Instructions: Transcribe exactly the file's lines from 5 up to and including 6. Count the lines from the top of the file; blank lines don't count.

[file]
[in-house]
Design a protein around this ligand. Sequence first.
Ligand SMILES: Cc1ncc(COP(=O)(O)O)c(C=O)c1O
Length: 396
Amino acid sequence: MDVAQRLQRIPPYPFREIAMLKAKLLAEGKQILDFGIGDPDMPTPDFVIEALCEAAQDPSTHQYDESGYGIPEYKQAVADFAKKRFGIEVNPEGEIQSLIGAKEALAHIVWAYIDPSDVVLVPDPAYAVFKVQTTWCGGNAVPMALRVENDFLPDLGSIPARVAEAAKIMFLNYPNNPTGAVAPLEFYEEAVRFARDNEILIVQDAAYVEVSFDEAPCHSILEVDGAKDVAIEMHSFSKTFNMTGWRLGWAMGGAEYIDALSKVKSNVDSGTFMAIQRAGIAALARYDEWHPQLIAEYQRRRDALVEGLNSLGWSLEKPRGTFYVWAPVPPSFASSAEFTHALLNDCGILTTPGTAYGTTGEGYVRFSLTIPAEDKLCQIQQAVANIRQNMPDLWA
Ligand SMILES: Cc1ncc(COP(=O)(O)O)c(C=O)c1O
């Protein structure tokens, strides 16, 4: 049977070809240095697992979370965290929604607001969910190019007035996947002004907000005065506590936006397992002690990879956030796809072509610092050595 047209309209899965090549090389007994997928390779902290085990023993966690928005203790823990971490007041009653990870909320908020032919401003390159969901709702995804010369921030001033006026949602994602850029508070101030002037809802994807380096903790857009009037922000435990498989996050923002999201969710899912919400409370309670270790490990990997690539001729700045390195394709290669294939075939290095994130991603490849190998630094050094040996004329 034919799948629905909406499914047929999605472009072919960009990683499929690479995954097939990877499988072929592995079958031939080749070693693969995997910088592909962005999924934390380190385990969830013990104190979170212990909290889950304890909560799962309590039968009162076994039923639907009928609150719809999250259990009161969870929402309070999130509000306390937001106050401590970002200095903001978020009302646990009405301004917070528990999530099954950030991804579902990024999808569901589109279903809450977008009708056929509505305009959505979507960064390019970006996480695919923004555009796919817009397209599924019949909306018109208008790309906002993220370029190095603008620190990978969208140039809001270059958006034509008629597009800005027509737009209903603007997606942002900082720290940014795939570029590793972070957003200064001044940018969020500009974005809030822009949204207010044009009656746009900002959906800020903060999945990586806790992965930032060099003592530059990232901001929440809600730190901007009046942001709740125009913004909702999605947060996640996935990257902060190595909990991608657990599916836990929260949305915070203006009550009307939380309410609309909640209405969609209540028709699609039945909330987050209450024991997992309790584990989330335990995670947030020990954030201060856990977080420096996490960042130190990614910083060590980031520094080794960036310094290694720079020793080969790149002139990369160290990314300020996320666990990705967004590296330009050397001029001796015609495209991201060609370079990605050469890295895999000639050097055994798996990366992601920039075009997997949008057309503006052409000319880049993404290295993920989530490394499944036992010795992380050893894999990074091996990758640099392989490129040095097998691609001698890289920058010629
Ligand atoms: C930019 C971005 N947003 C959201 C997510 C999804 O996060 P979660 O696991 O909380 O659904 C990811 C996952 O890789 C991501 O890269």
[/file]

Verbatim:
Amino acid sequence: MDVAQRLQRIPPYPFREIAMLKAKLLAEGKQILDFGIGDPDMPTPDFVIEALCEAAQDPSTHQYDESGYGIPEYKQAVADFAKKRFGIEVNPEGEIQSLIGAKEALAHIVWAYIDPSDVVLVPDPAYAVFKVQTTWCGGNAVPMALRVENDFLPDLGSIPARVAEAAKIMFLNYPNNPTGAVAPLEFYEEAVRFARDNEILIVQDAAYVEVSFDEAPCHSILEVDGAKDVAIEMHSFSKTFNMTGWRLGWAMGGAEYIDALSKVKSNVDSGTFMAIQRAGIAALARYDEWHPQLIAEYQRRRDALVEGLNSLGWSLEKPRGTFYVWAPVPPSFASSAEFTHALLNDCGILTTPGTAYGTTGEGYVRFSLTIPAEDKLCQIQQAVANIRQNMPDLWA
Ligand SMILES: Cc1ncc(COP(=O)(O)O)c(C=O)c1O